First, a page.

- Press Release
June 15, 2018
California WC IMR Volume & Outcomes Held Steady in Q1 2018
Oakland - Data on California workers’ compensation independent medical review (IMR) decisions issued in the first quarter of this year shows that the medical dispute resolution process established as part of the 2012 workers’ comp reforms continues to produce consistent outcomes, with little change in the number of IMR determination letters and decisions; the percentage of modified or denied treatment requests that are upheld; the types of treatment requests reviewed; and the small number of physicians who are linked to a majority of the disputed medical service requests.
The latest IMR results come from a California Workers’ Compensation Institute (CWCI) review of IMR decision letters issued in the first three months of this year in response to applications sent to the state Division of Workers’ Compensation after a utilization review (UR) physician modified or denied a medical service requested for an injured worker. California requires workers’ comp claims administrators to have a UR program to assure that care provided to injured workers is backed by clinical evidence outlined in medical guidelines adopted by the state. Most treatment requests are approved by UR, but six years ago state lawmakers adopted IMR to allow injured workers to get an independent medical review of treatment requests that UR physicians determine are not medically necessary.
For the first quarter of 2018, CWCI tallied 42,966 IMR letters rendering decisions on 78,439 primary medical service requests, which nearly matched the 42,949 IMR letters and the 78,861 service requests from the first quarter of 2017. The Institute’s review of the first quarter IMR decisions found that after examining the medical records and information provided in support of a disputed request, IMR doctors upheld the UR determination 90.6% of the time, while in 9.4% of the cases they deemed the service medically necessary and overturned the UR decision. That uphold rate nearly matched the 91.2% rate noted for IMRs from the two prior years, and just as in each of the five years since the IMR process began in 2013, pharmaceutical requests represented almost half of the IMR decisions in the first quarter of 2018. As in the past, requests for opioids were the most common pharmaceutical request submitted for IMR, accounting for 31.0% of all prescription drug IMRs in the first quarter, even though in 91.1% of the IMRs involving opioids, the UR modification or denial was upheld. Those percentages could change in the future, as most of the first quarter IMRs involved UR decisions from 2017, prior to the January 1 implementation of the workers’ compensation prescription drug formulary and regulations, which set new limits and rules for prescribing opioids to injured workers in California. The latest results also show that compound drugs represent a dwindling share of the prescription drug IMRs, accounting for just 2.1% of the pharmaceutical IMRs in the first quarter, down from 4.2% in 2017 and 8.1% in 2015, a decline that may be linked to the 98% uphold rate for compound drug denials and modifications submitted to IMR. In addition to the prescription drug IMRs, the first quarter IMR data show that requests for physical therapy; injections; and durable medical equipment, prosthetics, orthotics, and supplies; and MRI/CT/and PET scans were again the most common types of services submitted for IMR, though the uphold rates for the UR denials and modifications of these services ranged from 89.1% to 93.1%.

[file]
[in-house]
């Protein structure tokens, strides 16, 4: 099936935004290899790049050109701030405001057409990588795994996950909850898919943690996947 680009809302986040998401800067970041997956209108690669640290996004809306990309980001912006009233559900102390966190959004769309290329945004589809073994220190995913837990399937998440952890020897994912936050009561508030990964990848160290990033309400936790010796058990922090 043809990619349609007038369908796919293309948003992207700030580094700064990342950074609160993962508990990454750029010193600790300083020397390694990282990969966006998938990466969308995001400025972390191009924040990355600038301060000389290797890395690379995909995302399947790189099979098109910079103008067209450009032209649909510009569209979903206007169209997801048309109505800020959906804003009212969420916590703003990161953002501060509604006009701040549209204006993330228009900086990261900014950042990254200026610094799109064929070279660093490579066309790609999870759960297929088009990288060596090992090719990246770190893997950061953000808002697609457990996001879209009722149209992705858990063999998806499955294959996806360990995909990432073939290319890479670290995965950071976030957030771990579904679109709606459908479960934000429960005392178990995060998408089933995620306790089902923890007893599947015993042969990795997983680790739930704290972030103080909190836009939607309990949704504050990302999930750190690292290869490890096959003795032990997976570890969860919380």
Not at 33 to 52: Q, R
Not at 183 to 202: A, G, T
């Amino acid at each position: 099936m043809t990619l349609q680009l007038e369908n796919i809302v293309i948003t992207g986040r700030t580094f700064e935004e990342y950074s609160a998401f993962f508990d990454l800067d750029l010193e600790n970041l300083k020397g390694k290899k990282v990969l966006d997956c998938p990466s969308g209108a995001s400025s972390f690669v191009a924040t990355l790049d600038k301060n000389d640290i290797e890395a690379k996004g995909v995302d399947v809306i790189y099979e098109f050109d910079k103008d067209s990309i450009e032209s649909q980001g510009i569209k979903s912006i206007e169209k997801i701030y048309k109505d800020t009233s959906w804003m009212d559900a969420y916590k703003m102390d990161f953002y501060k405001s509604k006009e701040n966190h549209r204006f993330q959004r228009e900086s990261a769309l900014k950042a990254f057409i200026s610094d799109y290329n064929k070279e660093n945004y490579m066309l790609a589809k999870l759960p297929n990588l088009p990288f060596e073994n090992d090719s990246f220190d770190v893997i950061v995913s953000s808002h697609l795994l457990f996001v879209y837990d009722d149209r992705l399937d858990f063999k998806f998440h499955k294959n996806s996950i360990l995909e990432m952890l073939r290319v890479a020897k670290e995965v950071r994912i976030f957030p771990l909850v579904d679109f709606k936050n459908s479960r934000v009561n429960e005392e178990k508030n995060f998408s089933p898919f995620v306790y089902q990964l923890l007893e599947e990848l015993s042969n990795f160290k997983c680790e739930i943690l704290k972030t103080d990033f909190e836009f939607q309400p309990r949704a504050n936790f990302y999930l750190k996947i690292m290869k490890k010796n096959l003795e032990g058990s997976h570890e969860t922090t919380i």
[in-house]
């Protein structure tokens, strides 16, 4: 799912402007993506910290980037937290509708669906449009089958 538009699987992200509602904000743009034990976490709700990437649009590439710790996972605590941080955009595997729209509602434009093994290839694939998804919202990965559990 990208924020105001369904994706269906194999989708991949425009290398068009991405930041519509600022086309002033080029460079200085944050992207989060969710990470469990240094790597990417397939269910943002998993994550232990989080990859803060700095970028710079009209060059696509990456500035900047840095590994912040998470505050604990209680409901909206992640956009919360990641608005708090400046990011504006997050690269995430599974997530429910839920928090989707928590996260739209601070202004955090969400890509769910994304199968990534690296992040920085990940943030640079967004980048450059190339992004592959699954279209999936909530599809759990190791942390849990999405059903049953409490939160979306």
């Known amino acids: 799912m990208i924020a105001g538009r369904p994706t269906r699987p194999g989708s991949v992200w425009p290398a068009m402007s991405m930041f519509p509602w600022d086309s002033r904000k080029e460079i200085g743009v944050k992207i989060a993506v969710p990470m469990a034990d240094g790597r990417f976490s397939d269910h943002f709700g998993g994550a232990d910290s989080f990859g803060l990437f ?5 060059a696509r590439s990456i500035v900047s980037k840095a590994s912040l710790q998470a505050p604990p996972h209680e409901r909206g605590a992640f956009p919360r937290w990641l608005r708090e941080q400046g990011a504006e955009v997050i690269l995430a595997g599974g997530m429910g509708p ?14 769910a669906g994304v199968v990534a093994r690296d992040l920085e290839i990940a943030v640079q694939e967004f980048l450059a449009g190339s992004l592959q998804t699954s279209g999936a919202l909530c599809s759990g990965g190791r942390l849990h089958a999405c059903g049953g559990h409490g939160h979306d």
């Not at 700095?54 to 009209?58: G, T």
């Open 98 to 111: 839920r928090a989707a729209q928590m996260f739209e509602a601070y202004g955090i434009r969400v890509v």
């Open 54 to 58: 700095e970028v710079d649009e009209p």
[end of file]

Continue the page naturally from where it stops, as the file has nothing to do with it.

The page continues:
As in prior results, the latest IMR data also showed that a small number of physicians continued to account for a disproportionate share of the disputed medical services submitted for IMR. Reviewing IMR letters sent from April 2017 through March 2018, CWCI found that the top 1% of requesting physicians listed in those letters during that 12-month span (117 providers) accounted for 44% of the disputed service requests, while the top 10 percent (1,169 providers) accounted for 85% of the disputed service requests.